Executive Director's Column
The Strategic Plan of NIMH
By Steven Breckler
The World Health Organization (WHO) defines health as “a state of complete physical, mental and social well-being and not merely the absence of disease or infirmity.”
It is interesting to compare this perspective on health with that of the National Institute of Mental Health (NIMH), which bears primary responsibility in the United States for advancing research and knowledge about mental and social well-being. The masthead of the NIMH website proclaims its mission as “reducing the burden of mental illness and behavioral disorders through research on mind, brain, and behavior.”
The approach of NIMH departs from that of WHO in an important way. By emphasizing “illness” and “disorders,” NIMH has lost sight of what we are ultimately after: well-being.
Against this backdrop, and with much anticipation, NIMH recently circulated a draft of its new strategic plan. Finally, we hoped, NIMH would see the merit of critical commentary complaining that the Institute focuses too much on the brain and too little on behavior. Finally, we thought, a fresh opportunity for NIMH to bring itself into closer alignment with the international health community’s emphasis on mental well-being, and not merely mental illness.
At first glance, the NIMH draft strategic plan seems to emphasize the right things: promoting scientific discovery; charting mental health trajectories; developing new and better interventions; and strengthening public health impact.
Upon closer scrutiny, however, we find the objectives so nicely identified by NIMH as unlikely to be met by the specific strategies to be deployed. Indeed, the draft strategic plan stands as more a reaffirmation of where NIMH currently stands than a plan for achieving future goals.
For example, the first objective of NIMH is to “promote discovery in the brain and behavioral sciences.” Yet, nearly all of the particular strategies and bullets that are listed for accomplishing this objective concern research that falls within neuroscience and genetics. Very little attention is given to the contributions of the behavioral and social sciences.
The failure of NIMH to capitalize on recent progress and opportunities within the behavioral and social sciences is disappointing, as work in those areas is critical for understanding the nature and development of the cognitive, affective, motivational, and social processes that go awry within mental disorders.
Much of the draft plan indicates that NIMH will only support projects in behavioral and social science that also include measures of brain function or that directly address particular disorders. Not only does this strategy defy logic, it stands in contrast to the advice of NIMH’s own advisory council and with the legislative mandate for NIMH.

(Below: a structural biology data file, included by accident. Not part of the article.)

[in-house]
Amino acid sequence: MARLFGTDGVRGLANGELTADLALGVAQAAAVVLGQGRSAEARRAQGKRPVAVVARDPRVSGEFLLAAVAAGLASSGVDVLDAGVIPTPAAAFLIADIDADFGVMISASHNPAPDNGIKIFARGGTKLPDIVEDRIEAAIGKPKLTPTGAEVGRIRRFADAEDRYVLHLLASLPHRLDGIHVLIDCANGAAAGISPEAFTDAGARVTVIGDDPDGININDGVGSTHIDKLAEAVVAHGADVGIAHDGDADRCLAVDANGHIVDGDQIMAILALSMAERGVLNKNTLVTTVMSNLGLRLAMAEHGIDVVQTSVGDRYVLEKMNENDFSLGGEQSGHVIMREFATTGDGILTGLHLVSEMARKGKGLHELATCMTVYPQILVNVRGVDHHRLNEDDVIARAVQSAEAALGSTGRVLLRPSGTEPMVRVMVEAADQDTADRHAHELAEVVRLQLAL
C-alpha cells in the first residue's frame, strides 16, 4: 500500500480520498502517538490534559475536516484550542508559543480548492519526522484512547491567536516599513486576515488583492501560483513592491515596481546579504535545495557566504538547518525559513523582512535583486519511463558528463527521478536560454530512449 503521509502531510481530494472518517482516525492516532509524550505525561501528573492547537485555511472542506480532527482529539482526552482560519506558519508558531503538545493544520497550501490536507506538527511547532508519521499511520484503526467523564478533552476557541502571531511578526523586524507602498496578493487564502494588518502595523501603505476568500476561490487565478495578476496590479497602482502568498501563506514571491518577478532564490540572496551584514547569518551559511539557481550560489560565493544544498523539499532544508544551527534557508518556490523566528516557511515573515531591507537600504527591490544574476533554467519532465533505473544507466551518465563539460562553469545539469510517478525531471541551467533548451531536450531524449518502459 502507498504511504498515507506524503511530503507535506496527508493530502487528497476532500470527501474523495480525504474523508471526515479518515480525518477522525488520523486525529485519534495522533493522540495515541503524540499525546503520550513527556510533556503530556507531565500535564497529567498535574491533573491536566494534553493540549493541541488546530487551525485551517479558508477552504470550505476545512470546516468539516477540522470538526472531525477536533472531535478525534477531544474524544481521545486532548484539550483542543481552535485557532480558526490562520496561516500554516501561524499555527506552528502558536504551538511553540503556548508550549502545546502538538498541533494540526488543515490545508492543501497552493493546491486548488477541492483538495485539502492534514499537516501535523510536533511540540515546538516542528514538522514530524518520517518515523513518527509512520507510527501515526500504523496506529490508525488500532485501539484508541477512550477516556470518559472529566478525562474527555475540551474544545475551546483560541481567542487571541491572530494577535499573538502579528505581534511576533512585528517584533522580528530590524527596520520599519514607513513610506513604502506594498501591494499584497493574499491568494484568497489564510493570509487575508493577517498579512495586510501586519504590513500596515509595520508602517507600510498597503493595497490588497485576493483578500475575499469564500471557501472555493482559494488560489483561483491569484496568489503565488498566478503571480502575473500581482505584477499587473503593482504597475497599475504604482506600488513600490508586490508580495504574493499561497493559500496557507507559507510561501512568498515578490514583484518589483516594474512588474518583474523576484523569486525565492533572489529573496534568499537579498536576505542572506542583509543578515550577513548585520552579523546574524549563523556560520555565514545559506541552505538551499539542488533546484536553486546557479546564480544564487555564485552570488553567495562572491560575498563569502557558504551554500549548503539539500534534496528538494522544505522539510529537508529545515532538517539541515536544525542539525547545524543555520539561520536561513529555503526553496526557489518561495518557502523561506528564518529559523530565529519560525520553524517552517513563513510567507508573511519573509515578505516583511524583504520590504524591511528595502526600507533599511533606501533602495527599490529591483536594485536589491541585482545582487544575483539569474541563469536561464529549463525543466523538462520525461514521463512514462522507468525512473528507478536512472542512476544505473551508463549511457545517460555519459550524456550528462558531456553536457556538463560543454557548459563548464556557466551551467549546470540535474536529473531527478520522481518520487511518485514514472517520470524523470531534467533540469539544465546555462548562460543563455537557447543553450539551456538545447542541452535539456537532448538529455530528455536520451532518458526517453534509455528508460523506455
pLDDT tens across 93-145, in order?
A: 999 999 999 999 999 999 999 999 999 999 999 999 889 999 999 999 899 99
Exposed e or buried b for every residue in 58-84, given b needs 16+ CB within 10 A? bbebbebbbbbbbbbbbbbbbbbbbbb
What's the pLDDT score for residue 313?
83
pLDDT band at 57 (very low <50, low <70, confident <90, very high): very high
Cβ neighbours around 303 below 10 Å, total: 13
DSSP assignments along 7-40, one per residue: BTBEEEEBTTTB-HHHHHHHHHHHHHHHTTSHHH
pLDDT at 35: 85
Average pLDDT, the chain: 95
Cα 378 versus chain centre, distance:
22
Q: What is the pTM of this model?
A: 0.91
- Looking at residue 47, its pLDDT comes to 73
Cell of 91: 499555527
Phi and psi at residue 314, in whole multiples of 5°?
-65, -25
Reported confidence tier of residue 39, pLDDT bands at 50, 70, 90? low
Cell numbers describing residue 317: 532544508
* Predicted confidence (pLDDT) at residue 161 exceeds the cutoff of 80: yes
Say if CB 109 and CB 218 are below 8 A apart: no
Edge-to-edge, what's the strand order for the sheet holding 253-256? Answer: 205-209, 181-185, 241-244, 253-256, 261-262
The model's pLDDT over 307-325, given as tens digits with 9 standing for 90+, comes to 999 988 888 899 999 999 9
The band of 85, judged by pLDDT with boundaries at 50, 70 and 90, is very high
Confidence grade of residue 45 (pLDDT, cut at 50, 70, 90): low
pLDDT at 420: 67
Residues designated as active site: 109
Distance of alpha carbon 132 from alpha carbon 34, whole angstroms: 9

Regarding the logical problem: NIMH should indeed support a research portfolio that is focused on the intersection of brain, behavior, and mental health. It does not follow, however, that studies of normal behavior pursued entirely at the behavioral or social level of analysis should be excluded merely because they do not include measures of brain function. Yet, this is what NIMH appears to be suggesting.
Regarding the advice of NIMH’s advisory council: In its 2004 report, Setting Priorities for Basic Brain & Behavioral Science at NIMH, the advisory council clearly indicated that NIMH should continue to support studies of normal behavior that use behavioral measures alone. The draft strategic plan seems to have ignored or dismissed the council’s good advice.
Regarding the legislative mandate: The1992 legislation authorizing NIMH requires the Institute to support “the promotion of mental health, and the study of the psychological, social and legal factors that influence behavior” (42 U.S.C. § 285p). This mandate remains binding, even after passage of the National Institutes of Health Reform Act of 2006. The NIMH draft strategic plan is clearly moving away from the Institute’s own mission and from the legislative intent of the law.
The draft NIMH strategic plan is silent or merely pays lip service to numerous challenges that fall within its mission and that follow from the legislative mandate. The plan says little about aging populations, socio-cultural variables, changing demographics, trauma, or violence. Although the draft plan discusses many avenues for empirical research, it says little about the tremendous promise of theoretical and computational modeling research, especially at the systems neuroscience and behavioral levels.
I recognize that I use this space frequently to air concerns about the direction NIMH has taken. The institute does great things, but it is pursuing a narrow agenda. The drafting of a new strategic plan offered the hope of correcting this deficiency. Perhaps the second draft will be better.
Read APA’s formal comment on the NIMH draft strategic plan.